And, no: an acronym that means something specific does not in any way colour the way 'the rest of the world' sees anyone.

Quoting AMBG825:

 Sure it's related. If even your boss ...in this case the Navy is referring to you as a whore, you don't think that the rest of the world will view you the same?

Quoting LindaClement:

Because it was funny.

The slogan didn't make people treat them like hookers, and it had nothing at all to do with how they responded to sexual advances. In fact, it has nothing at all to do with misogyny. Or promiscuity.

This PC era, when people are apparently keenly attuned to -isms and discrimination hasn't prevented people from being promiscuous, either.

Because it's unrelated.

Quoting AMBG825:

Why is it a shame?  Female sailors aren't whores. They do a job and being ridden isn't one of them. Changing the slogan didn't stop people from treating them as government paid hookers. But calling them sailors just like everyone else sure helped to put an end to the treatment. It's a fine example of how language and terminology can have a detrimental affect on how people are viewed. 



Unless you are one of those that continue to believe that military women are government paid whores. Then that is aroblem YOU need to deal with. And why do dislike women so much?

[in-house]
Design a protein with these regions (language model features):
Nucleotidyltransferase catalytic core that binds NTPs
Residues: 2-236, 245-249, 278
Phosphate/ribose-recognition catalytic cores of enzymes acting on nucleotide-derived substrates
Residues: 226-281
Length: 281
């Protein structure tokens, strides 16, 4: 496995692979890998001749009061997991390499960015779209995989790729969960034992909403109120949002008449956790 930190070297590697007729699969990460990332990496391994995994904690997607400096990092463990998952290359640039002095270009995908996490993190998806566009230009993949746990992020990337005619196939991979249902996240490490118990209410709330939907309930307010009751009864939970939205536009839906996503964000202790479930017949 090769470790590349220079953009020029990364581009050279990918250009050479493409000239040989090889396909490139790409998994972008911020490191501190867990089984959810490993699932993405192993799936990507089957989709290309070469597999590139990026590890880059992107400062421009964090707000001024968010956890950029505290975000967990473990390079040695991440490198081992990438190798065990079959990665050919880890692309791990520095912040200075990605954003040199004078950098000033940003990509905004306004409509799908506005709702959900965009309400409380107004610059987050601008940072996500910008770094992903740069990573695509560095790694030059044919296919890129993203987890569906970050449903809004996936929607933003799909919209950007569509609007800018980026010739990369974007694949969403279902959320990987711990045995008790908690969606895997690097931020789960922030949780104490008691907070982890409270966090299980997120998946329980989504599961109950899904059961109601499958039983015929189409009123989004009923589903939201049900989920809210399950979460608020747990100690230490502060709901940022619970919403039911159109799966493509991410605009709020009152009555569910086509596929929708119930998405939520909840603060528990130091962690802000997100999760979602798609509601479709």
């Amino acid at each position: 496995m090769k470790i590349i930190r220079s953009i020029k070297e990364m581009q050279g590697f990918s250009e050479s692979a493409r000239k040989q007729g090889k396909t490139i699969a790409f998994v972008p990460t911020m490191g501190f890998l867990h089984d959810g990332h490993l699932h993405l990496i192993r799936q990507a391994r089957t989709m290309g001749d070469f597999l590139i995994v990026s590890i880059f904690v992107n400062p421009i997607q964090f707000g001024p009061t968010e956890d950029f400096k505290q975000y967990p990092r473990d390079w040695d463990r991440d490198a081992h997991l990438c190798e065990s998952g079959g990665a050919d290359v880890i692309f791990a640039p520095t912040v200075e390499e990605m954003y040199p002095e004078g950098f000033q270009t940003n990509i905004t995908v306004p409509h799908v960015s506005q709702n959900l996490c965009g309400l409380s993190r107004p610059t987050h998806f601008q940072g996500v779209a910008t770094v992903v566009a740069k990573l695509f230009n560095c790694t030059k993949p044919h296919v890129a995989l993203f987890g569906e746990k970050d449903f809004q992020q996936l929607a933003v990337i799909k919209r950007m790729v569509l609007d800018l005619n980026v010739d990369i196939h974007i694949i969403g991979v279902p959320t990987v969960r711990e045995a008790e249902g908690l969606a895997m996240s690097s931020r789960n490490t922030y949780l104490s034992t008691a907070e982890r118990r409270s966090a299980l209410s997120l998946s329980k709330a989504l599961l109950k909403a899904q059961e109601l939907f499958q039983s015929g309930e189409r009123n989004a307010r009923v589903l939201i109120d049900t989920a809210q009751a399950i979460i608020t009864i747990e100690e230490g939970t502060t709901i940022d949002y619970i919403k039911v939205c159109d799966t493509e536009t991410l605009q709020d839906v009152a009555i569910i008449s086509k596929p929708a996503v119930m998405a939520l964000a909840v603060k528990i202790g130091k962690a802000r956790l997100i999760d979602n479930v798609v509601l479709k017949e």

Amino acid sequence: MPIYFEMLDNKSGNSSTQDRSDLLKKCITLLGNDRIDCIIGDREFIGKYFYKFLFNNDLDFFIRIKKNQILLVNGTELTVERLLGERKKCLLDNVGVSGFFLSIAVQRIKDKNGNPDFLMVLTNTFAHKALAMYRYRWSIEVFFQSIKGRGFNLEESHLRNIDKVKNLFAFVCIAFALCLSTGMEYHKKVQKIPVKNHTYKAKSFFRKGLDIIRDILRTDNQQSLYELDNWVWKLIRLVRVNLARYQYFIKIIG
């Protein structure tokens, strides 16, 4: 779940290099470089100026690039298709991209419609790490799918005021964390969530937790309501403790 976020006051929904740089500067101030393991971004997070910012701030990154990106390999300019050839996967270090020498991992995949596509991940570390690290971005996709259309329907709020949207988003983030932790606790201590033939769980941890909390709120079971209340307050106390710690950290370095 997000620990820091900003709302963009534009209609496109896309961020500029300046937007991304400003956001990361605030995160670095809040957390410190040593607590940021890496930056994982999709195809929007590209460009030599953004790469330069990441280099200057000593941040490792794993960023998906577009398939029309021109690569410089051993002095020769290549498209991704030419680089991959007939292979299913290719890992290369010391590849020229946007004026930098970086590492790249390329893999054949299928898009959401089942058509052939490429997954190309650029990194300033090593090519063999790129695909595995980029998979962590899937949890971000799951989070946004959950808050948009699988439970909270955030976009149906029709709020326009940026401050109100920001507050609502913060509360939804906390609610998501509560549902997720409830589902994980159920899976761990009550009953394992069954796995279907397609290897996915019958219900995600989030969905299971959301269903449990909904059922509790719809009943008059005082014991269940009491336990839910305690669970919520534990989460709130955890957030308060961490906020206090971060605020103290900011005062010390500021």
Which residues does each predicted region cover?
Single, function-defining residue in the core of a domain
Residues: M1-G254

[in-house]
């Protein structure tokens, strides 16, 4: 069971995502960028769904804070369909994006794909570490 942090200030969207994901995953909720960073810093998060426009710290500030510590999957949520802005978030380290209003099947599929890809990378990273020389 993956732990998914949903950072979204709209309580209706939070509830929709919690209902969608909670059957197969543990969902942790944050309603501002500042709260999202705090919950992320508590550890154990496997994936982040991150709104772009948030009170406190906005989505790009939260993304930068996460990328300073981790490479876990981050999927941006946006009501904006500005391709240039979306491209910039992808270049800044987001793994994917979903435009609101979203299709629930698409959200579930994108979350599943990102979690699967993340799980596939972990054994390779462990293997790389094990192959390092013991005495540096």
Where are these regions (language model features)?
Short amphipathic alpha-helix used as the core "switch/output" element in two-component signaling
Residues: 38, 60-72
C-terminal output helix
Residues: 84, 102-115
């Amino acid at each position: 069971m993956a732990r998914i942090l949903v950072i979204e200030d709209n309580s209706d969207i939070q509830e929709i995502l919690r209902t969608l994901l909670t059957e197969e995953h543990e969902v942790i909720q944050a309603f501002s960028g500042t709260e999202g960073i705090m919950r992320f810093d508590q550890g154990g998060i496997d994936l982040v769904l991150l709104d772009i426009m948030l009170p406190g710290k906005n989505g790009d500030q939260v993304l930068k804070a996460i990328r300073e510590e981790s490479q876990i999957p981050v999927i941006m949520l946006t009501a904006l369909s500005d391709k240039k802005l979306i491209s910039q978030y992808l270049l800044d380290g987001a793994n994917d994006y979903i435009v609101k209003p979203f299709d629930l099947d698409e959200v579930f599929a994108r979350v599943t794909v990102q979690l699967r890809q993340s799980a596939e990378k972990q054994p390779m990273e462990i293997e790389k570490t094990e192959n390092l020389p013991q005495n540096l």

Quoting LindaClement:

Now that's a shame.

Quoting AMBG825:

neat trivia fact (and you might already know this.) Women in the Navy used to be called WAVES. Women in Active Volunteer Enlisted Service. They stopped using it because of the slogan "Join the Navy. Ride the waves."

Quoting wowguildmomma:

I fail to see the problem with things as they were. While I was in the navy I wasn't offended that my rank was Seaman rather than Seawoman or Seaperson. 

I think we are getting a bit overboard and that there are much bigger fish to fry politically than how the gender references are worded. How about our budgets, reforms, etc...... those need attention much more than how the stupid laws they are passing are worded.

 




 


 




AMBG825
by on Feb. 4, 2013 at 7:10 PM
It was a damn good start.

Quoting LindaClement:

So, you're saying that when they stopped being called Women in Active Volunteer Enlisted Service they stopped being sexually harassed BECAUSE of that?

Really?

Quoting AMBG825: